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                                        EARLY TENNESSEE LAW MAKERS

                                                       By William Larsha, Sr.

Between 1872 and 1888, African Americans were elected on thirteen occasions to serve in the Tennessee House of Representatives. In the wake of what was happening in the post civil war southern years, these Black legislators serve their positions courageously.

Alliances of north and south capitalists had become interested in the industrial growth of the south. Once aided by federal troops, reconstruction governments which were meant to protect and help Blacks adjust to freedom from slavery, had become primary concerns.

Withdrawal of federal troops in 1877 left southern Blacks without any effective defense for their newly acquired citizenship rights. By the end of the century, there was not a single Black in state legislature or a single Black in the National Congress. Southern state governments as well as White southern citizens adopted numerous devices to prevent Blacks from voting: intimidation, written and un-written laws, even murder, all became part of the post war culture of the American south.

Troop withdrawal led White politicians to execute every factor of discrimination against African Americans that one could imagine. Hatred of Blacks as economic rivals become belief, and claims of Black inferiority was openly used as the scapegoat for the difficulties facing the White working and small farming classes.

“If it wasn’t for them Negroes, we White folks wouldn’t be havin’ all these survival problems.”

Nevertheless, history tells us that Tennessee Black legislators were very-much-so men of ability and experience; and with genuine influence in the communities in which they lived.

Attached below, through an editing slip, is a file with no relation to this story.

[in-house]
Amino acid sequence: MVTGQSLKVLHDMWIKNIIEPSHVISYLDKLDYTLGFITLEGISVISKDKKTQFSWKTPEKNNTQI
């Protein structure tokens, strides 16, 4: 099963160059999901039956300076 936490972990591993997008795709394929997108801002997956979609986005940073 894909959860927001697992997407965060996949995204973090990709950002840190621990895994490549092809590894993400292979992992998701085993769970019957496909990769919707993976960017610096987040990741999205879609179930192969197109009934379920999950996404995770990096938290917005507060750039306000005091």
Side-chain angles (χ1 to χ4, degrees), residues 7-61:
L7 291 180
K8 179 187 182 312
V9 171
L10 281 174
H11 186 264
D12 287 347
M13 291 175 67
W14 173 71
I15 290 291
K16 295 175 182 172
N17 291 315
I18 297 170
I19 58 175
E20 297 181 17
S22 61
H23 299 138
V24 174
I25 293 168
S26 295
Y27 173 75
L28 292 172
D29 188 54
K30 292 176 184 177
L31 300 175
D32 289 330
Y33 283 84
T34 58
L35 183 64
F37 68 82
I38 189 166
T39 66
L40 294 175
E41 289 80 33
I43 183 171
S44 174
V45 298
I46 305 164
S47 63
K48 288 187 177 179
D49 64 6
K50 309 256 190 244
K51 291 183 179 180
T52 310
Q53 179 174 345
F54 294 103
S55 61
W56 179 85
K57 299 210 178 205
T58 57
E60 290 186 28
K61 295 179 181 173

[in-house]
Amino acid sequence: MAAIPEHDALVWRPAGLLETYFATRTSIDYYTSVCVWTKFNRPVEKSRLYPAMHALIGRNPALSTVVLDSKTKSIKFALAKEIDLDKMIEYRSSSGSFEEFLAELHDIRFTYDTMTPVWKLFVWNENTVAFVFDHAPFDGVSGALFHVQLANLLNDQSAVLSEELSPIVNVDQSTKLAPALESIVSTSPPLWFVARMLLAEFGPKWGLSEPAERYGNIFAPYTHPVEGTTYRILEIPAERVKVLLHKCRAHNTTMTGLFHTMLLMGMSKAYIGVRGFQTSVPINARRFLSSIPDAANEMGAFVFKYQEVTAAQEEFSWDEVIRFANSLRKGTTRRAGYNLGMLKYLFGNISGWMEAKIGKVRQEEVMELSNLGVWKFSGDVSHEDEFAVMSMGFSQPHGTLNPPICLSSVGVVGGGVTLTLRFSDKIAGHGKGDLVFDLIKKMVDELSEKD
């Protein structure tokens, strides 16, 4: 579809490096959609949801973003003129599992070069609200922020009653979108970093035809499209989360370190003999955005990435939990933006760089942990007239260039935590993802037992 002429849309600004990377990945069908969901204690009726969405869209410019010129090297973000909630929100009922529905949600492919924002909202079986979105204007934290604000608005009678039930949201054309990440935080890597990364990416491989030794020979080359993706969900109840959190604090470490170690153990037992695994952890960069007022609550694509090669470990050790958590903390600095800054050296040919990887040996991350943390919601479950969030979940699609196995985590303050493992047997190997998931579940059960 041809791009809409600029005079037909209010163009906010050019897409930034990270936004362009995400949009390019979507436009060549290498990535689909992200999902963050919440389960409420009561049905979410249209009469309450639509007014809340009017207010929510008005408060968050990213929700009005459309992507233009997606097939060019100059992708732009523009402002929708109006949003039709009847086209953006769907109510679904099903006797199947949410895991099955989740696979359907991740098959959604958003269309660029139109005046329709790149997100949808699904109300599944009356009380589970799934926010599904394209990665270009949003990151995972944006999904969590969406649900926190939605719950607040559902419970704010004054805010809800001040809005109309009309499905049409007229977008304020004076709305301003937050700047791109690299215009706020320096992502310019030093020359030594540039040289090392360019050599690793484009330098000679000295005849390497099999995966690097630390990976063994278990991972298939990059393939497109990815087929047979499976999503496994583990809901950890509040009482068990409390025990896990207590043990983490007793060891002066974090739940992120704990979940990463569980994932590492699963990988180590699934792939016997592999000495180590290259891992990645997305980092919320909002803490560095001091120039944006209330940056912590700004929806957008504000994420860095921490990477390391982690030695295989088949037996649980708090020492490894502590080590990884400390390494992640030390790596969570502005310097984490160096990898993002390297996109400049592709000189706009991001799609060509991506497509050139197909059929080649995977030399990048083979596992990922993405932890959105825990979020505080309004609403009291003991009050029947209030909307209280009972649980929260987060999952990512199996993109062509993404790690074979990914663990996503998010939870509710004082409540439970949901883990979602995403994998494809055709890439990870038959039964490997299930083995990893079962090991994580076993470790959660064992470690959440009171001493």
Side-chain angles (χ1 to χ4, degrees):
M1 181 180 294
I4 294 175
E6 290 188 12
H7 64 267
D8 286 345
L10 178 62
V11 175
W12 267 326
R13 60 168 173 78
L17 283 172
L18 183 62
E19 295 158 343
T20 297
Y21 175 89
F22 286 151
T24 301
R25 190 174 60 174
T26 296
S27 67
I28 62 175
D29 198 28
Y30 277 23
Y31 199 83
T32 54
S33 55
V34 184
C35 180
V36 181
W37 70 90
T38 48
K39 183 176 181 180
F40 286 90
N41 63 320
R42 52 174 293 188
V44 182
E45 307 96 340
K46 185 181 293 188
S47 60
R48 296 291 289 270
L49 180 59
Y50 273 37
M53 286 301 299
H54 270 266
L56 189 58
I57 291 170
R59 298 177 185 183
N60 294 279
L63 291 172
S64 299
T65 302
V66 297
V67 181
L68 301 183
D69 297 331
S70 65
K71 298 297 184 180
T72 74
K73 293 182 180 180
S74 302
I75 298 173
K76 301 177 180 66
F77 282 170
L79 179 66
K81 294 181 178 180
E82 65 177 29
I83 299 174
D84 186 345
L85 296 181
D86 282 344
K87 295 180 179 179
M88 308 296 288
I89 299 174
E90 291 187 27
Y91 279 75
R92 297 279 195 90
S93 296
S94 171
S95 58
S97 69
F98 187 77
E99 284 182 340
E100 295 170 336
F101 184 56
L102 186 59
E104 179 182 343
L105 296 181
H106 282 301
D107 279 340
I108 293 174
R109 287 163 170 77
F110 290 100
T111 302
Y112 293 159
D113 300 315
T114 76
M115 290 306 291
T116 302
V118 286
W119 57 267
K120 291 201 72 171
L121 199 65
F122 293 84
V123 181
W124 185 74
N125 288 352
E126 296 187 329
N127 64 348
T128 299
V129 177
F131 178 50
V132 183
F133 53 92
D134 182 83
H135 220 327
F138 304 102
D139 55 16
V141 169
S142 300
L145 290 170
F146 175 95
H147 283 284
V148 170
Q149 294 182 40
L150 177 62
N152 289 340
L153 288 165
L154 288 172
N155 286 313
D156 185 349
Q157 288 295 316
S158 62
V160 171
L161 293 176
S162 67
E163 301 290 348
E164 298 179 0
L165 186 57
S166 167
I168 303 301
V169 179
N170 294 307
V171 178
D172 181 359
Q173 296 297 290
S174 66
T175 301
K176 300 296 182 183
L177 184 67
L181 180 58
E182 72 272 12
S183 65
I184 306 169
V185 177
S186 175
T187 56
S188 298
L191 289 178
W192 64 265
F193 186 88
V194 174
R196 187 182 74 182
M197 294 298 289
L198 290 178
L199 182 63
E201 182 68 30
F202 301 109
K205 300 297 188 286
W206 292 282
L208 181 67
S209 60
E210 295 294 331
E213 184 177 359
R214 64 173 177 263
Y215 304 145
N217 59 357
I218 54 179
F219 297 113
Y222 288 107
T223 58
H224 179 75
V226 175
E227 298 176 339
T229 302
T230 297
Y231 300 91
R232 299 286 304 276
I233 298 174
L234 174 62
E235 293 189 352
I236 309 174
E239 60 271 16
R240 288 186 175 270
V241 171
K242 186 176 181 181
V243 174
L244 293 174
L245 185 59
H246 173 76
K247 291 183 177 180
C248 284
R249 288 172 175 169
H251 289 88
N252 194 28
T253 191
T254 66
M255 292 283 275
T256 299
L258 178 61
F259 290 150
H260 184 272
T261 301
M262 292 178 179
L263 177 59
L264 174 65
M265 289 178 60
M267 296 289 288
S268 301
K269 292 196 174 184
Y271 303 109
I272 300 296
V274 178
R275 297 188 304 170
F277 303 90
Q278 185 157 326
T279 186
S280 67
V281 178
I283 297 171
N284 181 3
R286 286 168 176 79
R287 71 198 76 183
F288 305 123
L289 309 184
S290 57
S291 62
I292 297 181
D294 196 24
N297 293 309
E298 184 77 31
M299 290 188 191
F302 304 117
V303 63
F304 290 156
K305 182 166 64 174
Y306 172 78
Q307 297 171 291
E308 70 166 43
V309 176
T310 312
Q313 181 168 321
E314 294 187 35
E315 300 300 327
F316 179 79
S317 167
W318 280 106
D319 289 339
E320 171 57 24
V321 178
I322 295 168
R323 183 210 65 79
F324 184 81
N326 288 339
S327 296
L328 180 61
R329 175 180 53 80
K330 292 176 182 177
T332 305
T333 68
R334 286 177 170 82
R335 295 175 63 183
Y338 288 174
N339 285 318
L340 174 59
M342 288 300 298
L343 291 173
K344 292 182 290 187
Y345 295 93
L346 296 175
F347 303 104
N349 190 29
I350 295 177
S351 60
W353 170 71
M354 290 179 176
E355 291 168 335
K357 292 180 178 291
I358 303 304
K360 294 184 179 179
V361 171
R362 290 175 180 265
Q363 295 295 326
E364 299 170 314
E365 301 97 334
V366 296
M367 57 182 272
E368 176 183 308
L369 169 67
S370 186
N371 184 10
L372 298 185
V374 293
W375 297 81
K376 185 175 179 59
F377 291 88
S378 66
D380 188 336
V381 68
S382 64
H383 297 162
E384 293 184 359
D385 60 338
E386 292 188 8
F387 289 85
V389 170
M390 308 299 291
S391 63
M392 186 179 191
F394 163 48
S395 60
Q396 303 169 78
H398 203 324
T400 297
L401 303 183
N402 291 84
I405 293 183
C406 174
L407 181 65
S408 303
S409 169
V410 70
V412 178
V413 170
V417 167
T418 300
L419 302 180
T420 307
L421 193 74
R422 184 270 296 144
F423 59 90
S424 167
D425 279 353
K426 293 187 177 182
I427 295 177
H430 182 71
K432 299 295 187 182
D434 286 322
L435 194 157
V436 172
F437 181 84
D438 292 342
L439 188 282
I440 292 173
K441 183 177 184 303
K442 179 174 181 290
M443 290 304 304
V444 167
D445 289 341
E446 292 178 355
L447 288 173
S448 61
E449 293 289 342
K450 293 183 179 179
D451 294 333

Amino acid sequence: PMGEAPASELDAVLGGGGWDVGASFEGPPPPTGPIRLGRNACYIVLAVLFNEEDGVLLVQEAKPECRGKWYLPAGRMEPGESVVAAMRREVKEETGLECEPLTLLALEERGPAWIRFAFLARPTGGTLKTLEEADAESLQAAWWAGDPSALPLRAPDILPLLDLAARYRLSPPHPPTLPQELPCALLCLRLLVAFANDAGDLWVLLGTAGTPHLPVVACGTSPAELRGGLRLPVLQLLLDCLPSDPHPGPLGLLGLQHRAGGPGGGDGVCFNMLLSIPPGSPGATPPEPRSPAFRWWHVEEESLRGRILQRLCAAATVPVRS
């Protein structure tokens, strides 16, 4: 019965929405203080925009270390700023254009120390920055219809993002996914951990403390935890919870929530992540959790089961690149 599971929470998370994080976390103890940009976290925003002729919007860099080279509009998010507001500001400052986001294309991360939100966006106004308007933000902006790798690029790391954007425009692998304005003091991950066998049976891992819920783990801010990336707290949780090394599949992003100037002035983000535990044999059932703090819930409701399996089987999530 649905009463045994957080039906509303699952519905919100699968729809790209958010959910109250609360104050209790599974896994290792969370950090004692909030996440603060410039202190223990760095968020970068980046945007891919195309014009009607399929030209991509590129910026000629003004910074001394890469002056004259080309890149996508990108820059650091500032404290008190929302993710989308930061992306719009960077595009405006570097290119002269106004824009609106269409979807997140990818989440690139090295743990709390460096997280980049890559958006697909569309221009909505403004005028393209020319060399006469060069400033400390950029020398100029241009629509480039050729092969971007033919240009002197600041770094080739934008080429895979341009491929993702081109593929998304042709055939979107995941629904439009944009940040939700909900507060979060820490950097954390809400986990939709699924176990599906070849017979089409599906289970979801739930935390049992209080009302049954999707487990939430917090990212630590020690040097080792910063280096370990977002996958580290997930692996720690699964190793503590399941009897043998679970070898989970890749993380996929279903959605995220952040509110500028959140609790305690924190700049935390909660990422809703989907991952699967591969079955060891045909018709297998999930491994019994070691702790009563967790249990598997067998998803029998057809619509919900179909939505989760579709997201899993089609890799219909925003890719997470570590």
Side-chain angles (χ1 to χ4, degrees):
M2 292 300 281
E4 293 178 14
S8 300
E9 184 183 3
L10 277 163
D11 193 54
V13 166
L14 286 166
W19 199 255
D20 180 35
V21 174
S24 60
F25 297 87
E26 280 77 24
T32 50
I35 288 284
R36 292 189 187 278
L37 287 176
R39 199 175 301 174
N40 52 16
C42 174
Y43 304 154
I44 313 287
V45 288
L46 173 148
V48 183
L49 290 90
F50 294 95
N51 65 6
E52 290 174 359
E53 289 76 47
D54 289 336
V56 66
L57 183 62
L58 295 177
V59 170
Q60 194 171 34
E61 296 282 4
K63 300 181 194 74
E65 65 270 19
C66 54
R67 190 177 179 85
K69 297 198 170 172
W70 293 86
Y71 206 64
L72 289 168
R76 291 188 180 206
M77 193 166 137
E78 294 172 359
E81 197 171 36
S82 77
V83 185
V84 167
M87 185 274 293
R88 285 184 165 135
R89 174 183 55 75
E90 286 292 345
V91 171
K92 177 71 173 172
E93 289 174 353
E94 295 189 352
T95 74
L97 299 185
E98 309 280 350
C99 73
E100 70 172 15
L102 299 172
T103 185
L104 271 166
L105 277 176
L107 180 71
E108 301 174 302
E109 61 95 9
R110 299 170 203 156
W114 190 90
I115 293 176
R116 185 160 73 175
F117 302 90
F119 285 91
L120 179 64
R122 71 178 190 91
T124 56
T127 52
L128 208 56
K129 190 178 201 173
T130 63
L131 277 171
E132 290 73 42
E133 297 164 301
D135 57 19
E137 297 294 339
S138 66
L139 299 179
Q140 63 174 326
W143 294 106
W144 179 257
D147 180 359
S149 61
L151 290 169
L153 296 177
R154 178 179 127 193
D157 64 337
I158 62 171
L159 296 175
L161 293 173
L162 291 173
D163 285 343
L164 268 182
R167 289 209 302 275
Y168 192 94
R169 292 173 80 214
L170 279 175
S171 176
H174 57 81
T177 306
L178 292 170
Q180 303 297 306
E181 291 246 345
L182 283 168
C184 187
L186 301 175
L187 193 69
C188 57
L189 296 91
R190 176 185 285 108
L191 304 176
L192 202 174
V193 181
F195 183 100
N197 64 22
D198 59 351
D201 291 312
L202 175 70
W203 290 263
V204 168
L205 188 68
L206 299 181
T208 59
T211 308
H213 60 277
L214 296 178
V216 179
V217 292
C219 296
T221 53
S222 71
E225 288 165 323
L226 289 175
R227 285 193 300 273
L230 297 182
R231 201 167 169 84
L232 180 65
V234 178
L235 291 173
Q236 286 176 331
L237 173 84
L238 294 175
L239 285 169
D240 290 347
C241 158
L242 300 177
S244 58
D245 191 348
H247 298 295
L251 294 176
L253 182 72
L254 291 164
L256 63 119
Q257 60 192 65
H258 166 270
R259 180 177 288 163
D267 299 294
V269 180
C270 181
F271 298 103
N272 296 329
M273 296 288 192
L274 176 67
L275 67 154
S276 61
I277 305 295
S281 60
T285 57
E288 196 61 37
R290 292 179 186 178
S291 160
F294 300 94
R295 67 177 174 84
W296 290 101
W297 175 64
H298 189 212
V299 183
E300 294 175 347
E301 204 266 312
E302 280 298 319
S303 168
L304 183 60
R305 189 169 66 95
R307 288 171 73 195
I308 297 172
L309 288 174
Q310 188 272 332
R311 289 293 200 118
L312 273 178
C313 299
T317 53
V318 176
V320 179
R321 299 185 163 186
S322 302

This was especially true during the 1880’s. At least half of these new legislators had university educations. They were lawyers, school teachers, businessmen - one a minister. Seven of the thirteen Black legislators had had previous experience in public service on the federal, state, or local level.

The first Black elected was Sampson W. Keeble of Nashville, a barber and businessman. Also from Davidson County was Thomas A. Sykes, a federal tax collector who had served in the North Carolina State Legislature before coming to Tennessee.

David F. Rivers and N.W. Gooden, both landowners, were elected from Fayette County. John W. Boyd, businessman was elected from Tipton County. Thomas F. Cassells, a lawyer who had attended Oberlin College; and Greene E. Evans, a graduate of Fisk University, a businessman and a school teacher were two of five elected from Shelby County.

The others elected from Shelby County were businessman Leon Howard, landowner Isaac F. Norris and school teacher William A. Fields.

William C. Hodge had served on the Chattanooga City Council prior to his election to the legislature, and Styles L. Hutchings, also from Hamilton county was a lawyer and an editor of a Chattanooga newspaper.

It should be pointed out that during this period no Black Tennessean was elected to the United States Congress. This did not occur until 100 years later.

Perhaps the most famous of the Black legislators in Tennessee, Samuel A. McElwee of Haywood County, served in the Tennessee House of Representative from 1883 through 89. During his three terms as law maker, he emerged as one of the most active member of the legislature - nominated Speaker of the House in 1885.

McElwee was born in Madison County. At age sixteen he was teaching in Haywood county. A year later, he entered Oberlin College, paying his expenses by working menial jobs. In 1878, McElwee enrolled at Fisk University. He also worked on a law degree at Central Tennessee College in Nashville.

He was the last rural west Tennessee African American outside of Shelby County to hold a State House seat in 112 years; that is, not until the election of J. W. Shaw of Hardeman County, (Dist. 80, on November 7, 2000.

Although the influence of Black legislators in the Tennessee General Assembly was not strong, the legislation they did sponsored; the arguments they did present; and the votes they did cast; all highlighted distinct issues.




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